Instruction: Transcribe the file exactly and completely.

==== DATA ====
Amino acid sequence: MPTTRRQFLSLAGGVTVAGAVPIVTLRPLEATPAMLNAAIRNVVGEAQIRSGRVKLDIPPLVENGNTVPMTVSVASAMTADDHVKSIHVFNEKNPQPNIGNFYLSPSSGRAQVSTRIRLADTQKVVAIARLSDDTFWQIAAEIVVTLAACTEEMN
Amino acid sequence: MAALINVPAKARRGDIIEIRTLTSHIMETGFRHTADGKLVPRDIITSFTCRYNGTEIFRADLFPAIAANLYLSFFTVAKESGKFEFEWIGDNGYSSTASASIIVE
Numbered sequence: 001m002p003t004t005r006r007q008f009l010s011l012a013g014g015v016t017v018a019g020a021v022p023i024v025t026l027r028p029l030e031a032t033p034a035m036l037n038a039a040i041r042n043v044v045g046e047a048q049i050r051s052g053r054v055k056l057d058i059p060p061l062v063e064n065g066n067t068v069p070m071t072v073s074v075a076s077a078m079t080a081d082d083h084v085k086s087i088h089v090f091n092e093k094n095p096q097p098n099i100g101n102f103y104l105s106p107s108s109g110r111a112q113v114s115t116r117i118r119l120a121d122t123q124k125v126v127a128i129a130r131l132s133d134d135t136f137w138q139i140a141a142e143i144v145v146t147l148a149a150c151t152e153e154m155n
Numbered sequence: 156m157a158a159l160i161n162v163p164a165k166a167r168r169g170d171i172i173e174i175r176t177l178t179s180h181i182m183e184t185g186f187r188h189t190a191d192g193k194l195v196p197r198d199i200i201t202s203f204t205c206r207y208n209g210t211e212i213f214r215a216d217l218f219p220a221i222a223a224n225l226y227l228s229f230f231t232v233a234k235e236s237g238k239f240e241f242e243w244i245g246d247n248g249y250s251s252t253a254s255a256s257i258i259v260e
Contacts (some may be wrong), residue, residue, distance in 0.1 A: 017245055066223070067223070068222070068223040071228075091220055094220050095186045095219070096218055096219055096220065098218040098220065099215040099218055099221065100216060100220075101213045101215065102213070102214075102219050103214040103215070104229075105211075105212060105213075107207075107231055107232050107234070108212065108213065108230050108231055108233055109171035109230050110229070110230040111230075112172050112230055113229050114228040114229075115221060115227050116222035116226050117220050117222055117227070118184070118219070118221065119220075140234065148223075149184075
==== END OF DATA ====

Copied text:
Amino acid sequence: MPTTRRQFLSLAGGVTVAGAVPIVTLRPLEATPAMLNAAIRNVVGEAQIRSGRVKLDIPPLVENGNTVPMTVSVASAMTADDHVKSIHVFNEKNPQPNIGNFYLSPSSGRAQVSTRIRLADTQKVVAIARLSDDTFWQIAAEIVVTLAACTEEMN
Amino acid sequence: MAALINVPAKARRGDIIEIRTLTSHIMETGFRHTADGKLVPRDIITSFTCRYNGTEIFRADLFPAIAANLYLSFFTVAKESGKFEFEWIGDNGYSSTASASIIVE
Numbered sequence: 001m002p003t004t005r006r007q008f009l010s011l012a013g014g015v016t017v018a019g020a021v022p023i024v025t026l027r028p029l030e031a032t033p034a035m036l037n038a039a040i041r042n043v044v045g046e047a048q049i050r051s052g053r054v055k056l057d058i059p060p061l062v063e064n065g066n067t068v069p070m071t072v073s074v075a076s077a078m079t080a081d082d083h084v085k086s087i088h089v090f091n092e093k094n095p096q097p098n099i100g101n102f103y104l105s106p107s108s109g110r111a112q113v114s115t116r117i118r119l120a121d122t123q124k125v126v127a128i129a130r131l132s133d134d135t136f137w138q139i140a141a142e143i144v145v146t147l148a149a150c151t152e153e154m155n
Numbered sequence: 156m157a158a159l160i161n162v163p164a165k166a167r168r169g170d171i172i173e174i175r176t177l178t179s180h181i182m183e184t185g186f187r188h189t190a191d192g193k194l195v196p197r198d199i200i201t202s203f204t205c206r207y208n209g210t211e212i213f214r215a216d217l218f219p220a221i222a223a224n225l226y227l228s229f230f231t232v233a234k235e236s237g238k239f240e241f242e243w244i245g246d247n248g249y250s251s252t253a254s255a256s257i258i259v260e
Contacts (some may be wrong), residue, residue, distance in 0.1 A: 017245055066223070067223070068222070068223040071228075091220055094220050095186045095219070096218055096219055096220065098218040098220065099215040099218055099221065100216060100220075101213045101215065102213070102214075102219050103214040103215070104229075105211075105212060105213075107207075107231055107232050107234070108212065108213065108230050108231055108233055109171035109230050110229070110230040111230075112172050112230055113229050114228040114229075115221060115227050116222035116226050117220050117222055117227070118184070118219070118221065119220075140234065148223075149184075